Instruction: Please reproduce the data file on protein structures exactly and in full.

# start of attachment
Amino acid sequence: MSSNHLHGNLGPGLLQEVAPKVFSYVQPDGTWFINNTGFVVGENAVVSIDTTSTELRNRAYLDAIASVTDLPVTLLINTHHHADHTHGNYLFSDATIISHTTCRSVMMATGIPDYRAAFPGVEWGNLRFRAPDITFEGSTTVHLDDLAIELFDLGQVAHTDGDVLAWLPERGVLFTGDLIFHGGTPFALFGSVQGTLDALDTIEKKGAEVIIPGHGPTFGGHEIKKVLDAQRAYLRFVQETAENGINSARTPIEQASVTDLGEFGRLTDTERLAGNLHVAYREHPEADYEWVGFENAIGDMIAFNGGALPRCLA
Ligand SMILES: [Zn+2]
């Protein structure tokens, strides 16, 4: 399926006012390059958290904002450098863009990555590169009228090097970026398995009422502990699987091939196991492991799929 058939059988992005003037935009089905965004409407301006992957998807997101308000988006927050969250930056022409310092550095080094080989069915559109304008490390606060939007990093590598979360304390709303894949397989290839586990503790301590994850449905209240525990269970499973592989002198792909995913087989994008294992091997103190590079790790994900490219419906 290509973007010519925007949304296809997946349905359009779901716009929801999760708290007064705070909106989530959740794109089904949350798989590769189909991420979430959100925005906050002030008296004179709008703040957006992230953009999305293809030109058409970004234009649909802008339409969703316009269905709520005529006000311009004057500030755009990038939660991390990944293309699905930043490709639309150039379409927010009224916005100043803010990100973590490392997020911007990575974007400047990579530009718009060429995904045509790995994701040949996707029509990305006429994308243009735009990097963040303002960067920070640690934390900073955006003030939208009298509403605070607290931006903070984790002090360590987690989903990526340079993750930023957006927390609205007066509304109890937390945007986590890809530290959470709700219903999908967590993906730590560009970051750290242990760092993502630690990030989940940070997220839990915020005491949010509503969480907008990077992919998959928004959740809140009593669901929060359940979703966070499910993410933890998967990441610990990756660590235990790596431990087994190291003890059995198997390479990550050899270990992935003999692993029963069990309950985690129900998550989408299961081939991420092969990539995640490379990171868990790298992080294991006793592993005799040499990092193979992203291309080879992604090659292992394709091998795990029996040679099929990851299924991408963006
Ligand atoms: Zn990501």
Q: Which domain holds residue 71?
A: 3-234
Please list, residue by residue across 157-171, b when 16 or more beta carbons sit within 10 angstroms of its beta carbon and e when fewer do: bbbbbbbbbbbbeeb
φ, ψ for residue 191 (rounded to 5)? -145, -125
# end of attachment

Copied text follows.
Amino acid sequence: MSSNHLHGNLGPGLLQEVAPKVFSYVQPDGTWFINNTGFVVGENAVVSIDTTSTELRNRAYLDAIASVTDLPVTLLINTHHHADHTHGNYLFSDATIISHTTCRSVMMATGIPDYRAAFPGVEWGNLRFRAPDITFEGSTTVHLDDLAIELFDLGQVAHTDGDVLAWLPERGVLFTGDLIFHGGTPFALFGSVQGTLDALDTIEKKGAEVIIPGHGPTFGGHEIKKVLDAQRAYLRFVQETAENGINSARTPIEQASVTDLGEFGRLTDTERLAGNLHVAYREHPEADYEWVGFENAIGDMIAFNGGALPRCLA
Ligand SMILES: [Zn+2]
């Protein structure tokens, strides 16, 4: 399926006012390059958290904002450098863009990555590169009228090097970026398995009422502990699987091939196991492991799929 058939059988992005003037935009089905965004409407301006992957998807997101308000988006927050969250930056022409310092550095080094080989069915559109304008490390606060939007990093590598979360304390709303894949397989290839586990503790301590994850449905209240525990269970499973592989002198792909995913087989994008294992091997103190590079790790994900490219419906 290509973007010519925007949304296809997946349905359009779901716009929801999760708290007064705070909106989530959740794109089904949350798989590769189909991420979430959100925005906050002030008296004179709008703040957006992230953009999305293809030109058409970004234009649909802008339409969703316009269905709520005529006000311009004057500030755009990038939660991390990944293309699905930043490709639309150039379409927010009224916005100043803010990100973590490392997020911007990575974007400047990579530009718009060429995904045509790995994701040949996707029509990305006429994308243009735009990097963040303002960067920070640690934390900073955006003030939208009298509403605070607290931006903070984790002090360590987690989903990526340079993750930023957006927390609205007066509304109890937390945007986590890809530290959470709700219903999908967590993906730590560009970051750290242990760092993502630690990030989940940070997220839990915020005491949010509503969480907008990077992919998959928004959740809140009593669901929060359940979703966070499910993410933890998967990441610990990756660590235990790596431990087994190291003890059995198997390479990550050899270990992935003999692993029963069990309950985690129900998550989408299961081939991420092969990539995640490379990171868990790298992080294991006793592993005799040499990092193979992203291309080879992604090659292992394709091998795990029996040679099929990851299924991408963006
Ligand atoms: Zn990501």
Q: Which domain holds residue 71?
A: 3-234
Please list, residue by residue across 157-171, b when 16 or more beta carbons sit within 10 angstroms of its beta carbon and e when fewer do: bbbbbbbbbbbbeeb
φ, ψ for residue 191 (rounded to 5)? -145, -125